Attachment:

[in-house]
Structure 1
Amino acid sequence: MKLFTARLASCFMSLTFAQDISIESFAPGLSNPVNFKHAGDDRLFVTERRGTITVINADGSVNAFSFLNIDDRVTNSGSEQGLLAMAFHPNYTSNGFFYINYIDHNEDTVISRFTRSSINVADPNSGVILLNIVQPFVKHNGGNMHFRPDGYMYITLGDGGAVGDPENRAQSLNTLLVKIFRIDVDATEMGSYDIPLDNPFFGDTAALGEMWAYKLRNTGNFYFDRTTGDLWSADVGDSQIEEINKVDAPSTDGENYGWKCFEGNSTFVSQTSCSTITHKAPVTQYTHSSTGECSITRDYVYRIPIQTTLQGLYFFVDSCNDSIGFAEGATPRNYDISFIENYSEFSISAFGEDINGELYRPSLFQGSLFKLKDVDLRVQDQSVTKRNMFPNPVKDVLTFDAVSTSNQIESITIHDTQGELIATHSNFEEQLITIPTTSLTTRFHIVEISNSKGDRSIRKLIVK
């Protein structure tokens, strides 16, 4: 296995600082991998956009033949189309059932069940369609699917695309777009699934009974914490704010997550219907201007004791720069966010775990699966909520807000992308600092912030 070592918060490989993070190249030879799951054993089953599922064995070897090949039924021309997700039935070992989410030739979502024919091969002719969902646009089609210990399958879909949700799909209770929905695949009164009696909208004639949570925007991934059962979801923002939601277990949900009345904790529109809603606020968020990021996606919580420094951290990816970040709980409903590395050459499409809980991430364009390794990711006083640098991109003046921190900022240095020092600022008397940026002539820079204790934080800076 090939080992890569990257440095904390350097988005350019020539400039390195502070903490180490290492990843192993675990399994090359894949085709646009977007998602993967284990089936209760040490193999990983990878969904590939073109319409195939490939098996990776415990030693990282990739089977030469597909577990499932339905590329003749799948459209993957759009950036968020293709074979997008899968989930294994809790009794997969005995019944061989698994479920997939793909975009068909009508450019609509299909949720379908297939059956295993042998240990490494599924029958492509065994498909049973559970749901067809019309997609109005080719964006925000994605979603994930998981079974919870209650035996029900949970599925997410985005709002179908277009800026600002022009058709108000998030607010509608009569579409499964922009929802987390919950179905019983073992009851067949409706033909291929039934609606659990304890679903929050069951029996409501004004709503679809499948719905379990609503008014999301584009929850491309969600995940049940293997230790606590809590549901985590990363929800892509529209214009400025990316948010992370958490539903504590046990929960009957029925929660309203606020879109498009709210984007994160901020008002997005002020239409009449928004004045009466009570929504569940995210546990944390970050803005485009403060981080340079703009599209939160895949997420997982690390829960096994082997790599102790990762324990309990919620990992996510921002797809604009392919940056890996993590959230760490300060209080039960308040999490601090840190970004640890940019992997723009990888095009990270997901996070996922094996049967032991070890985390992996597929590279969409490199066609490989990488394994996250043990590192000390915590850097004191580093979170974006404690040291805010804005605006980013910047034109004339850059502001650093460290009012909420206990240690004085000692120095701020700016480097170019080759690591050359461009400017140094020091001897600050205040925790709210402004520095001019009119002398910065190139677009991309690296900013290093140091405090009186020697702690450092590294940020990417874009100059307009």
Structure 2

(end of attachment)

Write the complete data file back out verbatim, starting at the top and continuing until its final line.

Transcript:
[in-house]
Structure 1
Amino acid sequence: MKLFTARLASCFMSLTFAQDISIESFAPGLSNPVNFKHAGDDRLFVTERRGTITVINADGSVNAFSFLNIDDRVTNSGSEQGLLAMAFHPNYTSNGFFYINYIDHNEDTVISRFTRSSINVADPNSGVILLNIVQPFVKHNGGNMHFRPDGYMYITLGDGGAVGDPENRAQSLNTLLVKIFRIDVDATEMGSYDIPLDNPFFGDTAALGEMWAYKLRNTGNFYFDRTTGDLWSADVGDSQIEEINKVDAPSTDGENYGWKCFEGNSTFVSQTSCSTITHKAPVTQYTHSSTGECSITRDYVYRIPIQTTLQGLYFFVDSCNDSIGFAEGATPRNYDISFIENYSEFSISAFGEDINGELYRPSLFQGSLFKLKDVDLRVQDQSVTKRNMFPNPVKDVLTFDAVSTSNQIESITIHDTQGELIATHSNFEEQLITIPTTSLTTRFHIVEISNSKGDRSIRKLIVK
């Protein structure tokens, strides 16, 4: 296995600082991998956009033949189309059932069940369609699917695309777009699934009974914490704010997550219907201007004791720069966010775990699966909520807000992308600092912030 070592918060490989993070190249030879799951054993089953599922064995070897090949039924021309997700039935070992989410030739979502024919091969002719969902646009089609210990399958879909949700799909209770929905695949009164009696909208004639949570925007991934059962979801923002939601277990949900009345904790529109809603606020968020990021996606919580420094951290990816970040709980409903590395050459499409809980991430364009390794990711006083640098991109003046921190900022240095020092600022008397940026002539820079204790934080800076 090939080992890569990257440095904390350097988005350019020539400039390195502070903490180490290492990843192993675990399994090359894949085709646009977007998602993967284990089936209760040490193999990983990878969904590939073109319409195939490939098996990776415990030693990282990739089977030469597909577990499932339905590329003749799948459209993957759009950036968020293709074979997008899968989930294994809790009794997969005995019944061989698994479920997939793909975009068909009508450019609509299909949720379908297939059956295993042998240990490494599924029958492509065994498909049973559970749901067809019309997609109005080719964006925000994605979603994930998981079974919870209650035996029900949970599925997410985005709002179908277009800026600002022009058709108000998030607010509608009569579409499964922009929802987390919950179905019983073992009851067949409706033909291929039934609606659990304890679903929050069951029996409501004004709503679809499948719905379990609503008014999301584009929850491309969600995940049940293997230790606590809590549901985590990363929800892509529209214009400025990316948010992370958490539903504590046990929960009957029925929660309203606020879109498009709210984007994160901020008002997005002020239409009449928004004045009466009570929504569940995210546990944390970050803005485009403060981080340079703009599209939160895949997420997982690390829960096994082997790599102790990762324990309990919620990992996510921002797809604009392919940056890996993590959230760490300060209080039960308040999490601090840190970004640890940019992997723009990888095009990270997901996070996922094996049967032991070890985390992996597929590279969409490199066609490989990488394994996250043990590192000390915590850097004191580093979170974006404690040291805010804005605006980013910047034109004339850059502001650093460290009012909420206990240690004085000692120095701020700016480097170019080759690591050359461009400017140094020091001897600050205040925790709210402004520095001019009119002398910065190139677009991309690296900013290093140091405090009186020697702690450092590294940020990417874009100059307009």
Structure 2